Student anxiety and the impact of early childhood trauma are among the "hot topic" workshops as at least 1,400 public school educators prepare to attend the second countywide professional development day at locales ranging widely from schools and health facilities to museums and nature preserves.

Most students will have Nov. 7 off, but teachers will have "homework" before and after the six-hour workshops in a shared-services collaboration involving nearly all of Berkshire County's 17 public school districts.

The event, first presented last year to about 1,200 out of the county's estimated 1,500 public school teachers, is set up by the Berkshire County Superintendents Association's professional development coordinator, William Ballen.

"I think we live in a tremendously anxious time right now, not just for adults," he told The Eagle recently. "So how can we not expect our kids to reflect what's going on? I think it's natural."

He blamed social media as a prime culprit.

"It's unbelievable; just horrible. I think that affects anxiety; what kids hear, learn and see really makes an impression, way down to a younger age."

Lenox Schools Superintendent Timothy Lee said: "I've known some anxious kids from really laid-back homes where parents are not pushy, really easygoing and accepting whatever their kids attempt to do. I've known kids who put a lot of pressure on themselves and create their own anxiety."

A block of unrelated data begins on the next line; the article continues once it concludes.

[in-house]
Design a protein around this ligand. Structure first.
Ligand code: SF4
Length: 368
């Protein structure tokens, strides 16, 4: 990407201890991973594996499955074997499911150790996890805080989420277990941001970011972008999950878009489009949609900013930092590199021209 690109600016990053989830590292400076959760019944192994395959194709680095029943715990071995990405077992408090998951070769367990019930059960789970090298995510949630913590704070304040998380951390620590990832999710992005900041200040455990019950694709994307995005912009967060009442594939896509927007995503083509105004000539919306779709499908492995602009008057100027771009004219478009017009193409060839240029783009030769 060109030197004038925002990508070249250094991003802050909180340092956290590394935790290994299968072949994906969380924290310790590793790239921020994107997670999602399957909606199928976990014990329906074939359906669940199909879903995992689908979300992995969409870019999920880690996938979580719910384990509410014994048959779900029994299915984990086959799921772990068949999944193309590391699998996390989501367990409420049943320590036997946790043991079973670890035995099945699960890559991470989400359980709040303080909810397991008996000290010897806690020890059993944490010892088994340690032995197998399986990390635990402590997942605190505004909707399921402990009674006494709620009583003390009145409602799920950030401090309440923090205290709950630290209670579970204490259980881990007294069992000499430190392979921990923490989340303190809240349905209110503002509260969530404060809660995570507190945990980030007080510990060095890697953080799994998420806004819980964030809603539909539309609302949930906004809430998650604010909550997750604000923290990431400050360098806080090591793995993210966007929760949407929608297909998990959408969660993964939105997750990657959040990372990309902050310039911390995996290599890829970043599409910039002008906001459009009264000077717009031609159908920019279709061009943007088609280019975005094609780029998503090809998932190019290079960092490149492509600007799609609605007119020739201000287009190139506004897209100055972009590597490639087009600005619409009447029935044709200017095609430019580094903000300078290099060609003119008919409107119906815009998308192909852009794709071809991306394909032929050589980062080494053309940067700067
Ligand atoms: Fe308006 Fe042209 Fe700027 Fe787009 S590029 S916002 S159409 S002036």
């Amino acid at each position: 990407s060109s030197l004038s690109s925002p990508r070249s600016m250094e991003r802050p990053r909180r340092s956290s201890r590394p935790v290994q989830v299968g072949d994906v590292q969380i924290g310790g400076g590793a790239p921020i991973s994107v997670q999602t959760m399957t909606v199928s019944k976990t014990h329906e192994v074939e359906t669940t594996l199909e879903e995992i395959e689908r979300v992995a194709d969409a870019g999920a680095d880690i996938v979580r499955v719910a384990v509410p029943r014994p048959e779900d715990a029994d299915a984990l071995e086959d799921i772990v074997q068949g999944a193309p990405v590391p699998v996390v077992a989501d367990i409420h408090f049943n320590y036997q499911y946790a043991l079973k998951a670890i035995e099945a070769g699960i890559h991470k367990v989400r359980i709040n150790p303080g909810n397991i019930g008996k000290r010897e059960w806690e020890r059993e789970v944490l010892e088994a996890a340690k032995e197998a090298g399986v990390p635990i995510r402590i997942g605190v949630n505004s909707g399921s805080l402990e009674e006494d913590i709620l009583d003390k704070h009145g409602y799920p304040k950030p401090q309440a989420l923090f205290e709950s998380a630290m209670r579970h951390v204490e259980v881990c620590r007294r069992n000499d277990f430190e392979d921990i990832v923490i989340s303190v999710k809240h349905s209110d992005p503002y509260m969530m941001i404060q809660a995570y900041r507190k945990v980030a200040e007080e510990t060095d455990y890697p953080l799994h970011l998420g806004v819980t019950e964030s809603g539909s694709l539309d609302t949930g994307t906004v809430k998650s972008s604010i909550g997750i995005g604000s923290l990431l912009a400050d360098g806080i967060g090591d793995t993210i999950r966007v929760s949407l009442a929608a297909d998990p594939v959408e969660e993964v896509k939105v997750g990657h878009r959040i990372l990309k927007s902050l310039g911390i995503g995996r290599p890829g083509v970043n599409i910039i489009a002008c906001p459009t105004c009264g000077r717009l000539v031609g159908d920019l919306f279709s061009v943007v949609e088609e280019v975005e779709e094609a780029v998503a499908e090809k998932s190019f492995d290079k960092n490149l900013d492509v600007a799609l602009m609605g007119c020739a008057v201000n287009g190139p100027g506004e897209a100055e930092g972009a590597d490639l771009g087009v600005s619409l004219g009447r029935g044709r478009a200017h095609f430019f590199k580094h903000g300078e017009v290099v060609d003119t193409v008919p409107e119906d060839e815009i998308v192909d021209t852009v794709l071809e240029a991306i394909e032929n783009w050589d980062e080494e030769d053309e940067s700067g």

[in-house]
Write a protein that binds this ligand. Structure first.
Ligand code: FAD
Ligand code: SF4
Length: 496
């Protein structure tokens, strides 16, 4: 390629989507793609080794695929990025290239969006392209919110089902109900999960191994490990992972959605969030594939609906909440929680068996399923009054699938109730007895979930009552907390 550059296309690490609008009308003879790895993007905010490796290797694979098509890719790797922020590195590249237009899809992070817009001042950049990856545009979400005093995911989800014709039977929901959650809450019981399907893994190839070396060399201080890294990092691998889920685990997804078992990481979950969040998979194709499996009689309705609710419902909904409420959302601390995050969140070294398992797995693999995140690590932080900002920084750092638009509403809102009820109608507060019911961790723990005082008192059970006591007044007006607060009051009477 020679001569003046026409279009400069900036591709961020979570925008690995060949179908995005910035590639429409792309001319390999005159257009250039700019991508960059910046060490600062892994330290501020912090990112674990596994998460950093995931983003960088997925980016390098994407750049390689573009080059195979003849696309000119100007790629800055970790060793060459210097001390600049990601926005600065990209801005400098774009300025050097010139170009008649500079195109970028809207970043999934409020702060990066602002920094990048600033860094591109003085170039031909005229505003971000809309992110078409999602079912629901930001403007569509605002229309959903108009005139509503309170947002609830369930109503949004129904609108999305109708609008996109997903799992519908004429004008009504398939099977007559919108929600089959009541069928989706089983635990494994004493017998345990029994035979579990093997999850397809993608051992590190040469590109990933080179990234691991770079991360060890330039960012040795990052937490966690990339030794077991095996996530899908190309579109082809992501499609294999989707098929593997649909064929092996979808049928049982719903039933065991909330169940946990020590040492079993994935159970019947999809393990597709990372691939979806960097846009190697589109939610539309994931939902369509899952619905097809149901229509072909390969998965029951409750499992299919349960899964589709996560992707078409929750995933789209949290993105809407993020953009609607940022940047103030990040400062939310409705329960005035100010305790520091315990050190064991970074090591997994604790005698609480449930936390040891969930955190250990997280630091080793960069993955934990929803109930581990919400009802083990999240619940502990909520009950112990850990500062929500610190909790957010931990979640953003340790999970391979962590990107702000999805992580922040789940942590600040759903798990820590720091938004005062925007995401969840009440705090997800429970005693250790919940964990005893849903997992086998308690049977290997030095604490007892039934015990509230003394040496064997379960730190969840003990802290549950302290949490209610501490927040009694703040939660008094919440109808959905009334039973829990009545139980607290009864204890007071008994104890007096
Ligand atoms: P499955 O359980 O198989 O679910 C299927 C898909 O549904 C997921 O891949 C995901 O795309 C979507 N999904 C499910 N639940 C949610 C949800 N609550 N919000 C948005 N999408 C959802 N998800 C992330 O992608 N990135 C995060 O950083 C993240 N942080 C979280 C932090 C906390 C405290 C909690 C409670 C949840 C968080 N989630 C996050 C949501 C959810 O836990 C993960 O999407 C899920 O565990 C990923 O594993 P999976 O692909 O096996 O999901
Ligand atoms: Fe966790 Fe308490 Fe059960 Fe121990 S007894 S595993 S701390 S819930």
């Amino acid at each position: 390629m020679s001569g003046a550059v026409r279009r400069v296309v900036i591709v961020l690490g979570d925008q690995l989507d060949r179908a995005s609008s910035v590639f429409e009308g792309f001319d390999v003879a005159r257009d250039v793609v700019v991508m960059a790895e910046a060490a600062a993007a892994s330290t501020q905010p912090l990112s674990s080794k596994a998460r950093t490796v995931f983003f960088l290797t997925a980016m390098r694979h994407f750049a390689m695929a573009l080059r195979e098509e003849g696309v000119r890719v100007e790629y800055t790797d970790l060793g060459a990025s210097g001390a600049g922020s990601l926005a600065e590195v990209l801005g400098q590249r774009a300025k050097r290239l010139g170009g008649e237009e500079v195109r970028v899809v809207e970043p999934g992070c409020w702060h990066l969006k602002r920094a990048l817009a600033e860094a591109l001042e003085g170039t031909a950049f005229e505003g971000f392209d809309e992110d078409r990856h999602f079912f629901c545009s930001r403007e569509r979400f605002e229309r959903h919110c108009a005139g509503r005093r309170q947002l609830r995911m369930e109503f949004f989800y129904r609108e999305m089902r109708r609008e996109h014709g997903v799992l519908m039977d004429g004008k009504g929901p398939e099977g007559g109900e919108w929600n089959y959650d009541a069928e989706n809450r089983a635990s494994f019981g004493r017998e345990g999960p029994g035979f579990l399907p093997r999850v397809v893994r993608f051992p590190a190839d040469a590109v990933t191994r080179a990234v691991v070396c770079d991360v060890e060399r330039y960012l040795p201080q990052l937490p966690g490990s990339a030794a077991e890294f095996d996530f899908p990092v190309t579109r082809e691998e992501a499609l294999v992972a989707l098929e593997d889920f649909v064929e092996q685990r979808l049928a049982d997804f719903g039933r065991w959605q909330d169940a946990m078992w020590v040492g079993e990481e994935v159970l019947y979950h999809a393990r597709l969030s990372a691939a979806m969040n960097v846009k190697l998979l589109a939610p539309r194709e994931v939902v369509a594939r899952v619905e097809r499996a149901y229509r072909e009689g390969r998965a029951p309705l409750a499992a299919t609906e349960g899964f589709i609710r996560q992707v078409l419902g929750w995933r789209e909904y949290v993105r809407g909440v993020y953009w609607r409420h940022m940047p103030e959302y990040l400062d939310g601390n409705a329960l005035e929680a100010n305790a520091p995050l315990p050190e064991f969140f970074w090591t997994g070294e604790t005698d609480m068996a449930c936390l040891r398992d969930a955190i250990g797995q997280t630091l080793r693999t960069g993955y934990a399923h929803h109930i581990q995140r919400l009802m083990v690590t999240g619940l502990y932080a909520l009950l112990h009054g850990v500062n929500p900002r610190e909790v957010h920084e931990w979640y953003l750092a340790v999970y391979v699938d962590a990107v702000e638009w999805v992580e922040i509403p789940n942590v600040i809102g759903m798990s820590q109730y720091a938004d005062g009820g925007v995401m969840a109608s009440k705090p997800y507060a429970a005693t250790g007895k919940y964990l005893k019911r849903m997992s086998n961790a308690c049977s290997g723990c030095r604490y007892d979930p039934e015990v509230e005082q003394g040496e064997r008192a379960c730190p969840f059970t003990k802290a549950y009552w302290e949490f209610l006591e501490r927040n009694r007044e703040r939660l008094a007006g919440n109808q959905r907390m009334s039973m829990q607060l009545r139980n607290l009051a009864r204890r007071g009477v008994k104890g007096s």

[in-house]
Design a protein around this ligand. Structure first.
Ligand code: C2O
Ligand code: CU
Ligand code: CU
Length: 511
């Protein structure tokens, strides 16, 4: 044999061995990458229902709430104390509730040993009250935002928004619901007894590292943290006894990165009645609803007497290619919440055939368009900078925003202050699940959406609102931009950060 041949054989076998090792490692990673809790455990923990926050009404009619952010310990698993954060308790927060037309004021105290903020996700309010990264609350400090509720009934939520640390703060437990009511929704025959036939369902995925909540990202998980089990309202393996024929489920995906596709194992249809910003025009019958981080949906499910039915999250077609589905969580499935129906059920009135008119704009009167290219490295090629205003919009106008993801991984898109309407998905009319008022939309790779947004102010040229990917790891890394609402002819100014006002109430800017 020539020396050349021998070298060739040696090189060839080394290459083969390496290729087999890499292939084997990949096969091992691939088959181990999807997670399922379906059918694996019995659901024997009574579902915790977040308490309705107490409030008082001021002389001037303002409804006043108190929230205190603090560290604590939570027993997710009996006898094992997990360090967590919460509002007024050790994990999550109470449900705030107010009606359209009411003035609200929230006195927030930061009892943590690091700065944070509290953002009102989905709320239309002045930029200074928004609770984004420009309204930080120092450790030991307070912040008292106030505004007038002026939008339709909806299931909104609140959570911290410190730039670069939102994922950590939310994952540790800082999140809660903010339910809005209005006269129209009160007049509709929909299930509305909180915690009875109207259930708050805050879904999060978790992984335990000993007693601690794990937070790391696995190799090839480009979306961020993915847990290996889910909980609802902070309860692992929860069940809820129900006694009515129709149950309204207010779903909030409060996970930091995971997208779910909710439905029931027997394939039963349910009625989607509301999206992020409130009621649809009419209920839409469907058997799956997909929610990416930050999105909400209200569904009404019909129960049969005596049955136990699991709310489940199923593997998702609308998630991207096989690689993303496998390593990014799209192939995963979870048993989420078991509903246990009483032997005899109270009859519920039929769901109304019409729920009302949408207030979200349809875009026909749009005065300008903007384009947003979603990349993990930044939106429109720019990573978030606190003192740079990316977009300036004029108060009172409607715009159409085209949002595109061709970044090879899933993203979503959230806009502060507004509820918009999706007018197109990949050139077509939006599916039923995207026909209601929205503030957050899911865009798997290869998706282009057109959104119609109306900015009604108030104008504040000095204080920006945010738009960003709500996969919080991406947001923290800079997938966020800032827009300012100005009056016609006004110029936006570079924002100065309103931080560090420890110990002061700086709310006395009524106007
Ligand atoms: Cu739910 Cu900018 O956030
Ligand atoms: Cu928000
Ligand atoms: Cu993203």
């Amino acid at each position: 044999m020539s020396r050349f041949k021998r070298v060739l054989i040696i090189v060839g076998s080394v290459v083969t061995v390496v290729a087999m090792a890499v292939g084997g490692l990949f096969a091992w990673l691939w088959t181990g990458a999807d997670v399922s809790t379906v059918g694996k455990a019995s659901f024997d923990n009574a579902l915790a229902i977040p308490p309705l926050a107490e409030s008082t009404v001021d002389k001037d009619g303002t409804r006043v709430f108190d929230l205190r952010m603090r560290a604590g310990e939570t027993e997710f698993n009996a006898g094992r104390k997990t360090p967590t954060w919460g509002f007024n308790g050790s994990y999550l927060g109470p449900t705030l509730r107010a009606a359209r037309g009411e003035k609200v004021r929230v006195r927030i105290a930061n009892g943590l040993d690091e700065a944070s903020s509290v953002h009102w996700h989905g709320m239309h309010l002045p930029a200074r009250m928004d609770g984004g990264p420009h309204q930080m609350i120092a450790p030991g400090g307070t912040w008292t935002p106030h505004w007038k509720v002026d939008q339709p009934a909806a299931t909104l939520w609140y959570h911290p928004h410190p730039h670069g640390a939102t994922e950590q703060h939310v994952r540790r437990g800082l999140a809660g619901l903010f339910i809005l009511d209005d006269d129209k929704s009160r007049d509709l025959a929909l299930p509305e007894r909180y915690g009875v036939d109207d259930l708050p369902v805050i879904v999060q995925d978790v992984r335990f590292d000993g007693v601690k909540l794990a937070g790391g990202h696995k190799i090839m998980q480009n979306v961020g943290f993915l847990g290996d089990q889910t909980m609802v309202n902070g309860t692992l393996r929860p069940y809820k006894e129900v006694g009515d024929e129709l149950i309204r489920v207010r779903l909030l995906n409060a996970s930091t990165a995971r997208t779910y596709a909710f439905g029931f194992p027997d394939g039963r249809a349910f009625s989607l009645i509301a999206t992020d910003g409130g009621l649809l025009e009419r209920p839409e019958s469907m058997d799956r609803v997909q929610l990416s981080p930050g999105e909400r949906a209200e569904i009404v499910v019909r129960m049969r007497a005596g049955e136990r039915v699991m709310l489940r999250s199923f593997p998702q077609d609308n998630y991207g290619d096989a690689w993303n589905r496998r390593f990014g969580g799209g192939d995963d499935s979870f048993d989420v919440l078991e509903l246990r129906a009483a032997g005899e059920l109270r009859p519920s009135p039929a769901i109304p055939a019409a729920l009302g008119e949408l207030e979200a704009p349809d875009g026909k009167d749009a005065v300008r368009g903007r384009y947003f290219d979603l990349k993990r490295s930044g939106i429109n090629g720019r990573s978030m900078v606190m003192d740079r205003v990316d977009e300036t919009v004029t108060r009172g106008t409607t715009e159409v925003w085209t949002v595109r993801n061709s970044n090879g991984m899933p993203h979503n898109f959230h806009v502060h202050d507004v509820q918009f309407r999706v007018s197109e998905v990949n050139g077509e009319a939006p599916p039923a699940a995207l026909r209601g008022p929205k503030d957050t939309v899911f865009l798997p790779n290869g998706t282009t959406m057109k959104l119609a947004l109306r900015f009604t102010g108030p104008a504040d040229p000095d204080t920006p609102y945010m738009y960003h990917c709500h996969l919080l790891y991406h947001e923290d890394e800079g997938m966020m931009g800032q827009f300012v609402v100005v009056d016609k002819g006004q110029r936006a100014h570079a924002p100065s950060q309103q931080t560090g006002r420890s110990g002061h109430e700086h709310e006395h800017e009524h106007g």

He also pinpointed social media as a primary cause of anxiety, rather than parenting, the school environment or high academic pressure.

"I think media, in general, gives young people an idea of who and what you should be, and it's always like this idealized goal that they think they'll never live up to, and I think it makes them anxious," Lee said.

Ballen identified a workshop at Taconic High School, on "Strengthening Family Engagement through Enhanced Trauma-Informed Developmental Understanding," as a crucial presentation by Nancy Singer, a staff psychologist at Boston Children's Hospital and assistant professor at Harvard Medical School. At least 85 teachers have signed up for the course.

"As educators, we're finding that we're getting more and more young children coming into our schools who have been influenced by trauma in their development and in their families," he said. In the past, the impact of such experiences was the focus of school adjustment counselors.

"But now, what we're hearing from early childhood educators from pre-K through 3 is that it's affecting academic performance, not only socially and emotionally," Ballen said.

A workshop at Morris Elementary School in Lenox, titled "Anxiety in the Classroom," presented by Jennifer Daily, a licensed social worker and therapist based in the village of Housatonic, is filled to capacity, Ballen said.

According to Lee, the anxiety phenomenon is not necessarily connected to classroom performance, but "it could be social anxiety, perceived separation from their age-level peers which may or may not be true, but it seems like kids are analyzing their place a lot these days, relating to, `Am I good enough, am I getting this right, doing this well?'"